Book Title: For The Win
Author: Cory Doctorow
Genre: YA Sci-fi/Dystopian
In the virtual future, you must organize to surviveAt any hour of the day or night, millions of people around the globe are engrossed in multiplayer online games, questing and battling to win virtual “gold,” jewels, and precious artifacts. Meanwhile, others seek to exploit this vast shadow economy, running electronic sweatshops in the world’s poorest countries, where countless “gold farmers,” bound to their work by abusive contracts and physical threats, harvest virtual treasure for their employers to sell to First World gamers who are willing to spend real money to skip straight to higher-level gameplay.
Mala is a brilliant 15-year-old from rural India whose leadership skills in virtual combat have earned her the title of “General Robotwalla.” In Shenzen, heart of China’s industrial boom, Matthew is defying his former bosses to build his own successful gold-farming team. Leonard, who calls himself Wei-Dong, lives in Southern California, but spends his nights fighting virtual battles alongside his buddies in Asia, a world away. All of these young people, and more, will become entangled with the mysterious young woman called Big Sister Nor, who will use her experience, her knowledge of history, and her connections with real-world organizers to build them into a movement that can challenge the status quo.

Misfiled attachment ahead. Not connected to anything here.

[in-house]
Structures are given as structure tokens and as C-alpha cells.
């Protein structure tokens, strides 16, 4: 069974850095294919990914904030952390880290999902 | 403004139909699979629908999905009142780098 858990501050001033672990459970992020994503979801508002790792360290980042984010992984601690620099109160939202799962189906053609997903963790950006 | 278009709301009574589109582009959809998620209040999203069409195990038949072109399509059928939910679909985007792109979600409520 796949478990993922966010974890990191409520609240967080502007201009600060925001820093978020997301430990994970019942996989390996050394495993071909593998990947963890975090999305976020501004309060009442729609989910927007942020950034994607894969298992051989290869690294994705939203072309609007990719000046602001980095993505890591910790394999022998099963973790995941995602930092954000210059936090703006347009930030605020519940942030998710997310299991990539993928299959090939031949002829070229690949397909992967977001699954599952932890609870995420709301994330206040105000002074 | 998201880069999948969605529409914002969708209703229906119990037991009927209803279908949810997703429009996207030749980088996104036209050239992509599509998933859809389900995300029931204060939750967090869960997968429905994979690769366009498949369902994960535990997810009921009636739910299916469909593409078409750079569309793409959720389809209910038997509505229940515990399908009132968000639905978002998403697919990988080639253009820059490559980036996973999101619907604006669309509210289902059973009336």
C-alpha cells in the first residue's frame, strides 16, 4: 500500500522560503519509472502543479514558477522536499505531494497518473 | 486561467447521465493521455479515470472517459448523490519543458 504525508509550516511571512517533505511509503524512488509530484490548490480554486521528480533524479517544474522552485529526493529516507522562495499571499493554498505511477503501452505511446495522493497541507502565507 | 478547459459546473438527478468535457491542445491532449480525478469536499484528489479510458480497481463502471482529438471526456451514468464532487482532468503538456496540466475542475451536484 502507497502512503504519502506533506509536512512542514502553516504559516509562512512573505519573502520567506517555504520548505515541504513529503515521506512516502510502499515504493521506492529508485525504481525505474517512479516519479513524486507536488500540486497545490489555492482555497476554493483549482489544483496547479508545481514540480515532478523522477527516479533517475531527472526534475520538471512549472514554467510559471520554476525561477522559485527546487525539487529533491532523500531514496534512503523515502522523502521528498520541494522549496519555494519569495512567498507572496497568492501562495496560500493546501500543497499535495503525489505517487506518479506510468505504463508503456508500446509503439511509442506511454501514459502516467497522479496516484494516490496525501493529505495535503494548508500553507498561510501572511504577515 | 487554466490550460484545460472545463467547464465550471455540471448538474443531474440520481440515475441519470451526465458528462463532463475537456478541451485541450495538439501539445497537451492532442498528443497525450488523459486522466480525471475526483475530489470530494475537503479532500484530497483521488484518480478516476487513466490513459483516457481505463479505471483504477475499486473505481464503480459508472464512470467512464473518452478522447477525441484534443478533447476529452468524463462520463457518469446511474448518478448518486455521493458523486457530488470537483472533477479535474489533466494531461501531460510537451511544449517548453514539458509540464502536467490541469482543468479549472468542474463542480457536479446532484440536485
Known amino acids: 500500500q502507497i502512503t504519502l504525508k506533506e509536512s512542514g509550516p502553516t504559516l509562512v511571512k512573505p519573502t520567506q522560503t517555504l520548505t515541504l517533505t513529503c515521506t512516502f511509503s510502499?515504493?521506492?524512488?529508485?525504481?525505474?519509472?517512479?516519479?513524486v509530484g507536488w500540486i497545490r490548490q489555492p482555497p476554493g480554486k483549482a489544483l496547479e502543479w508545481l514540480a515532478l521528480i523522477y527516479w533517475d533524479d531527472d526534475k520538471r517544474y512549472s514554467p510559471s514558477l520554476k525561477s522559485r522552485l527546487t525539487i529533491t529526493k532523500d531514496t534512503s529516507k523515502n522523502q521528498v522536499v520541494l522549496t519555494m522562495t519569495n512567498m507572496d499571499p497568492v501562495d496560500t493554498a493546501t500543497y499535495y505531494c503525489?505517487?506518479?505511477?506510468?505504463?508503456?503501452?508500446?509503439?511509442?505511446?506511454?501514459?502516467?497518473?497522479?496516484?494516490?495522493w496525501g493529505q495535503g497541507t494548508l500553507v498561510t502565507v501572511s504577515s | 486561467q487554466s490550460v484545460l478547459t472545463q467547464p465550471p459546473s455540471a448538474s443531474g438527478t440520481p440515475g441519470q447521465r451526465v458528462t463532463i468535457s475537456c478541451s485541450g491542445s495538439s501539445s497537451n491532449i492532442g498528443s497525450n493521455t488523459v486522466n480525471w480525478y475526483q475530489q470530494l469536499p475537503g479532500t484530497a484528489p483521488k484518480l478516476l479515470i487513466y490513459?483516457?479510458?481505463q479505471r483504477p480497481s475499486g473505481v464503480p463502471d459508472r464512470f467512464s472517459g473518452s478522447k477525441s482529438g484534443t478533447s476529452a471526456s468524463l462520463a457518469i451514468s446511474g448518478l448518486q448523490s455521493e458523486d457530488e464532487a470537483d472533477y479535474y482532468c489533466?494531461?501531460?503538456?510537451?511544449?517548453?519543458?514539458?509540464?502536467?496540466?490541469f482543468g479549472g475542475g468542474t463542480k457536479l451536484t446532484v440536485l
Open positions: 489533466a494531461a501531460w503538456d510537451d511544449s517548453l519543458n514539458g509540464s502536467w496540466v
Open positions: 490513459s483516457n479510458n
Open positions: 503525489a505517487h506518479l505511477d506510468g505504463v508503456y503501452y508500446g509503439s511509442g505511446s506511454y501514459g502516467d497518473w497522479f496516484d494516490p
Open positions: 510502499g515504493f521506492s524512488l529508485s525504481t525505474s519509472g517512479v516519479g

The ruthless forces arrayed against them are willing to use any means to protect their power—including blackmail, extortion, infiltration, violence, and even murder. To survive, Big Sister’s people must out-think the system. This will lead them to devise a plan to crash the economy of every virtual world at once—a Ponzi scheme combined with a brilliant hack that ends up being the biggest, funnest game of all.
Imbued with the same lively, subversive spirit and thrilling storytelling that made LITTLE BROTHER an international sensation, FOR THE WIN is a prophetic and inspiring call-to-arms for a new generation
This is a YA dystopian/science novel, but for me, it doesn’t feel like a YA book at all. Cory Doctorow educates you on economic, social and political ideals, and that’s a lot to take in, especially for teenagers like me. The book has 496 pages, which is fine for a fast-paced and gripping story, but this one is slow. It has a lot of main characters, and it keeps alternating throughout the chapter. I am awful at keeping up with multi-perspective story, so I gave up after reading 1/4 of it.
I checked the Goodreads rating when I borrowed this book from the library along with Miss Peregrine’s Home For Peculiar Children. The rating is not that bad, so if this book interest you, go and read it.
[This discussion is short as I didn’t finish the book. I intended to include this in my monthly wrap up post but I decided to do it separately. ]